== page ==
Something is up, mum has not been responsive for a few days. Neither happy or grumpy, just nothing. I have seen this before; she is not well I can tell. I manage to get her up onto to a seat in the hallway. Now Dad does not want to go to the toilet. I take mum into the bathroom. As mum is doubly incontinent it takes a while to strip her nappy off and then she refuses to walk into the shower. Nothing will persuade her. I clean her up with a flannel and a towel. Not an easy job when she wants to sit down. Forty minutes later I get her to accept another nappy and I manage to secure it in place.
I take her from the bathroom and she is happy to sit in her chair in the living room. I go and see what dad is fussing about in the kitchen. He is looking for matches to light the gas; gas that has been disconnected for safety reasons six months ago. Most times he is okay but lately sometimes he gets very confused.
When I go back to see mum she is trying to pull the dressings off her big toes. After weeks of trying to arrange a time for a chiropodist to visit, the person cut each of mum’s toes. Mother didn’t want the chiropodist to touch her feet and the accidents happened as a result of the wrestling match that ensued.
Mum has had Alzheimer’s for nine years. Dad’s condition has been diagnosed much more recently. Lately mum has not been well. I talked things through with the doctor yesterday and he said I should get a urine sample as she might have an infection – we have been here before.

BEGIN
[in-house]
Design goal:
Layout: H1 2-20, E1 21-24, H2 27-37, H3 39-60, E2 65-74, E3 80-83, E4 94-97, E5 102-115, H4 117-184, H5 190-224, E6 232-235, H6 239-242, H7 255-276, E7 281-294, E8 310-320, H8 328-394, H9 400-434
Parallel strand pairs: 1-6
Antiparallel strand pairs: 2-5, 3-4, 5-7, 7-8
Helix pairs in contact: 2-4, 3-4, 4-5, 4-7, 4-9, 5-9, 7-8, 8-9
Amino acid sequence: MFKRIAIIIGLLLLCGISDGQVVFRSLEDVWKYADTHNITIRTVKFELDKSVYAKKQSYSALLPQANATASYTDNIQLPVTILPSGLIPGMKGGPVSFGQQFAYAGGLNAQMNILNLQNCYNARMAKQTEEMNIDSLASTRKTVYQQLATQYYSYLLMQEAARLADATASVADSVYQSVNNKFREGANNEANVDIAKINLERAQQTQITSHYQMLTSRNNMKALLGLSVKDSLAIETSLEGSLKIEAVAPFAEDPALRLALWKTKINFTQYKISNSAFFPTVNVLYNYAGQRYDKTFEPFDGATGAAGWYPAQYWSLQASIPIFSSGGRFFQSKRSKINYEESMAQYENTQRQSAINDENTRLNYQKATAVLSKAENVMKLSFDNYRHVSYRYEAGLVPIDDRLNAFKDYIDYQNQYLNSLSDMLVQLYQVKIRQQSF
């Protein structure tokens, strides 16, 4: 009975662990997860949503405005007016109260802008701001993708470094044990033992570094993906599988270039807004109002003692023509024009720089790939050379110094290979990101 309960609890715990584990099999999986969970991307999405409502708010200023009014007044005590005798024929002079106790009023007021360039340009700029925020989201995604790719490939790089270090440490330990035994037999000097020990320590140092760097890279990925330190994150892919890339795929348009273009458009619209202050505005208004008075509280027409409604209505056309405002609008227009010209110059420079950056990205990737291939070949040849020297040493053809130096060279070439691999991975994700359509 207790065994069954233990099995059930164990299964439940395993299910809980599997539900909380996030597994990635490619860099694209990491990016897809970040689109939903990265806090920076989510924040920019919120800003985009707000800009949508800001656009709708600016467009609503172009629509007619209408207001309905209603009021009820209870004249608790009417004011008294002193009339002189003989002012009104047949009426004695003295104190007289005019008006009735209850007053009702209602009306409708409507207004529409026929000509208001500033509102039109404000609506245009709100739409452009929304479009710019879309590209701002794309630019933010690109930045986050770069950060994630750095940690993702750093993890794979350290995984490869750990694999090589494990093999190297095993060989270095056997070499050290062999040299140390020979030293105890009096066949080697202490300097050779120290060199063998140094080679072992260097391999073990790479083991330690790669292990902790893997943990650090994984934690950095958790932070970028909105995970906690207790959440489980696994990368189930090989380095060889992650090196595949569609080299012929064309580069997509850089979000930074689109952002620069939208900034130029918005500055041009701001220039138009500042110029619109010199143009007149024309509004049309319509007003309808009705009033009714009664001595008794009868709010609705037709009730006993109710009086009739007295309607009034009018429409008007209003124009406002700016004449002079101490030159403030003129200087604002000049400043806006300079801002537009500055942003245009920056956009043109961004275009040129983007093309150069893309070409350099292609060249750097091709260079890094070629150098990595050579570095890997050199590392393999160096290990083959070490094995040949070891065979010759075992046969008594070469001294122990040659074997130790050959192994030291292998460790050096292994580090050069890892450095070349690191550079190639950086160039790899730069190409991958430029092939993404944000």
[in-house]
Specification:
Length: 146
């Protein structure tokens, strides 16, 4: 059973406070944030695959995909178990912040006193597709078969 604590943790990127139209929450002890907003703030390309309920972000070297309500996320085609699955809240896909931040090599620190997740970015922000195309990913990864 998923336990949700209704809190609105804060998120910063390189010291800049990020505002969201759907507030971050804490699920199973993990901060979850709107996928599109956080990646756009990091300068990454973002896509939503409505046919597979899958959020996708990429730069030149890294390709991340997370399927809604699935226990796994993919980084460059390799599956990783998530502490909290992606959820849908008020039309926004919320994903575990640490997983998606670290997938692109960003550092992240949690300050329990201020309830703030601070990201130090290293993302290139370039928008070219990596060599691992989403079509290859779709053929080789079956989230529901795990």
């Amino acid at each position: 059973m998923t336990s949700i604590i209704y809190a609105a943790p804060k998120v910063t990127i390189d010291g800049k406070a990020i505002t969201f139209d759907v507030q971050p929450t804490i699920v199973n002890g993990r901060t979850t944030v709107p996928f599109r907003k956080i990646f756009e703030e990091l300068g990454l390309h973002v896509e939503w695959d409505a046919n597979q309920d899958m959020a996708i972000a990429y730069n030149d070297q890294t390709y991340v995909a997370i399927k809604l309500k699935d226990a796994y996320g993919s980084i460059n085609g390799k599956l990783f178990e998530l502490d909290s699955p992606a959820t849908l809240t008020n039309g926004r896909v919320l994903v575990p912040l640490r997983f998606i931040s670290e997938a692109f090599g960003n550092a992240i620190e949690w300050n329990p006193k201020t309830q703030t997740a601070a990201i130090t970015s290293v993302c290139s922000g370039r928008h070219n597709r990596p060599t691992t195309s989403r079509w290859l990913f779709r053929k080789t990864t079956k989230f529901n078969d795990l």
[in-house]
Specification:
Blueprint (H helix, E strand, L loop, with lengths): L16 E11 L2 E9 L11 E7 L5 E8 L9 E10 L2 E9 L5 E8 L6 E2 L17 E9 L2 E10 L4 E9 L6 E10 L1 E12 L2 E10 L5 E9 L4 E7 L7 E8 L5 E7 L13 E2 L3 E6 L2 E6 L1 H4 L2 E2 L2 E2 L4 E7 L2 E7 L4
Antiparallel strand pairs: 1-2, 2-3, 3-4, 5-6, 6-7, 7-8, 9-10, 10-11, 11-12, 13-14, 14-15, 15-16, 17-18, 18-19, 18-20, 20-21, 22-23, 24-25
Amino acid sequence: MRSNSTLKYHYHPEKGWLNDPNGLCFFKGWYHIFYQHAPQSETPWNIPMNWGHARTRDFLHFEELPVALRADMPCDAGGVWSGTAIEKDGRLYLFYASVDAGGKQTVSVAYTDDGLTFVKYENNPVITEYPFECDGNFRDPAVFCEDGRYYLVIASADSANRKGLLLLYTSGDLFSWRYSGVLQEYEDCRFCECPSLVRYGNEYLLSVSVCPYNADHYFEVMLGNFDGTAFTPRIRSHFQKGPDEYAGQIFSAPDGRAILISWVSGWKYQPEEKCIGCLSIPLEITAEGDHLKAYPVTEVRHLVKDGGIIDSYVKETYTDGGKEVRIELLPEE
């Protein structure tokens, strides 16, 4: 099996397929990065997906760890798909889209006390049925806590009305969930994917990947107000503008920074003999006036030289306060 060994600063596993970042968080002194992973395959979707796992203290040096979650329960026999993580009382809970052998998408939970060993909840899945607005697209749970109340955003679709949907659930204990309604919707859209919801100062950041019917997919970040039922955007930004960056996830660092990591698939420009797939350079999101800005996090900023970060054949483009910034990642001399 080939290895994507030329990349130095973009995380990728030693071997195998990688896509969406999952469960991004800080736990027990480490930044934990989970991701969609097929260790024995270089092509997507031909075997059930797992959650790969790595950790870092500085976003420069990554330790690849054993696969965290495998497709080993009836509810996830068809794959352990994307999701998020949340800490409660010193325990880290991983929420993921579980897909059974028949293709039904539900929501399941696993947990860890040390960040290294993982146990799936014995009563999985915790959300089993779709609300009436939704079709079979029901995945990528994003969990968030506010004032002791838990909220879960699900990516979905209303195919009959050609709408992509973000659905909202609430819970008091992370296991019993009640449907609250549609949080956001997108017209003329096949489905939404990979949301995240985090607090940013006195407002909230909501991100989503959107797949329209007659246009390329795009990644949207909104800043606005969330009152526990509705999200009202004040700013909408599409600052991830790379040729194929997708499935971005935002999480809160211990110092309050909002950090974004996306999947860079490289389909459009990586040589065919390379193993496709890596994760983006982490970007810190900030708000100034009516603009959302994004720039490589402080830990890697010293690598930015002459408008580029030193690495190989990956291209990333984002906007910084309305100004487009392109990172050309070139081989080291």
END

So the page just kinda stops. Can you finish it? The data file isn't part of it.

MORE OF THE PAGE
It took me most of this afternoon to get a urine sample. I don’t have to explain to you the technical difficulties and absolute frustrations involved in doing this. When ‘successful’ I put the sample in the plastic tube and I put that into a jiffy bag. Traffic was mad but I got to the doctors at 4.45pm feeling all hot and flustered. There were two receptionists standing behind the reception. I was told by one they were now closed. I explained that I had a urine sample and it took most of the afternoon to acquire it. “That might be so but this is not a drop in centre”, replied the receptionist. I lost it. I screamed at her. I said things I should not have uttered. A doctor passing through the reception area eventually took the sample. When I got into my car outside I cried my eyes out. WHY CAN’T PEOPLE BE A LITTLE MORE UNDERSTANDING?
Thanks to Jean for her story. And thanks to the doctor for dealing with customers in a more understanding way.